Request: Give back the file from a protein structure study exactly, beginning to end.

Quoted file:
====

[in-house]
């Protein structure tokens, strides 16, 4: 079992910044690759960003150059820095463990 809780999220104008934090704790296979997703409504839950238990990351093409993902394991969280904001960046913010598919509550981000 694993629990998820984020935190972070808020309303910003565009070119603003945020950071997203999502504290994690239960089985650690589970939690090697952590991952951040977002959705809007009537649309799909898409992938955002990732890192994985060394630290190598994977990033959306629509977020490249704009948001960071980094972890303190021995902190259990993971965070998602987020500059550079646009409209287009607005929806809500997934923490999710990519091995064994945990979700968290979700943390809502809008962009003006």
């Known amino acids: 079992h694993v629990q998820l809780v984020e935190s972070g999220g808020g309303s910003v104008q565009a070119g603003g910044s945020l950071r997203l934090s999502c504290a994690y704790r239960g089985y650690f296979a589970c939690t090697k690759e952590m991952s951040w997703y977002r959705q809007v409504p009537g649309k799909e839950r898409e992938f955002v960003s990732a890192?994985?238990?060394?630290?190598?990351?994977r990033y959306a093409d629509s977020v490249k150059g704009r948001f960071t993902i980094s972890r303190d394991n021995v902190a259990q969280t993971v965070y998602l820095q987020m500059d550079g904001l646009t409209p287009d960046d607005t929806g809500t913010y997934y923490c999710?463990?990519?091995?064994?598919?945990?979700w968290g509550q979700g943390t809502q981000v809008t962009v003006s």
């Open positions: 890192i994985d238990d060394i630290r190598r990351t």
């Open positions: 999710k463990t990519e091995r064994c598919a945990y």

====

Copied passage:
[in-house]
């Protein structure tokens, strides 16, 4: 079992910044690759960003150059820095463990 809780999220104008934090704790296979997703409504839950238990990351093409993902394991969280904001960046913010598919509550981000 694993629990998820984020935190972070808020309303910003565009070119603003945020950071997203999502504290994690239960089985650690589970939690090697952590991952951040977002959705809007009537649309799909898409992938955002990732890192994985060394630290190598994977990033959306629509977020490249704009948001960071980094972890303190021995902190259990993971965070998602987020500059550079646009409209287009607005929806809500997934923490999710990519091995064994945990979700968290979700943390809502809008962009003006």
């Known amino acids: 079992h694993v629990q998820l809780v984020e935190s972070g999220g808020g309303s910003v104008q565009a070119g603003g910044s945020l950071r997203l934090s999502c504290a994690y704790r239960g089985y650690f296979a589970c939690t090697k690759e952590m991952s951040w997703y977002r959705q809007v409504p009537g649309k799909e839950r898409e992938f955002v960003s990732a890192?994985?238990?060394?630290?190598?990351?994977r990033y959306a093409d629509s977020v490249k150059g704009r948001f960071t993902i980094s972890r303190d394991n021995v902190a259990q969280t993971v965070y998602l820095q987020m500059d550079g904001l646009t409209p287009d960046d607005t929806g809500t913010y997934y923490c999710?463990?990519?091995?064994?598919?945990?979700w968290g509550q979700g943390t809502q981000v809008t962009v003006s």
């Open positions: 890192i994985d238990d060394i630290r190598r990351t």
């Open positions: 999710k463990t990519e091995r064994c598919a945990y």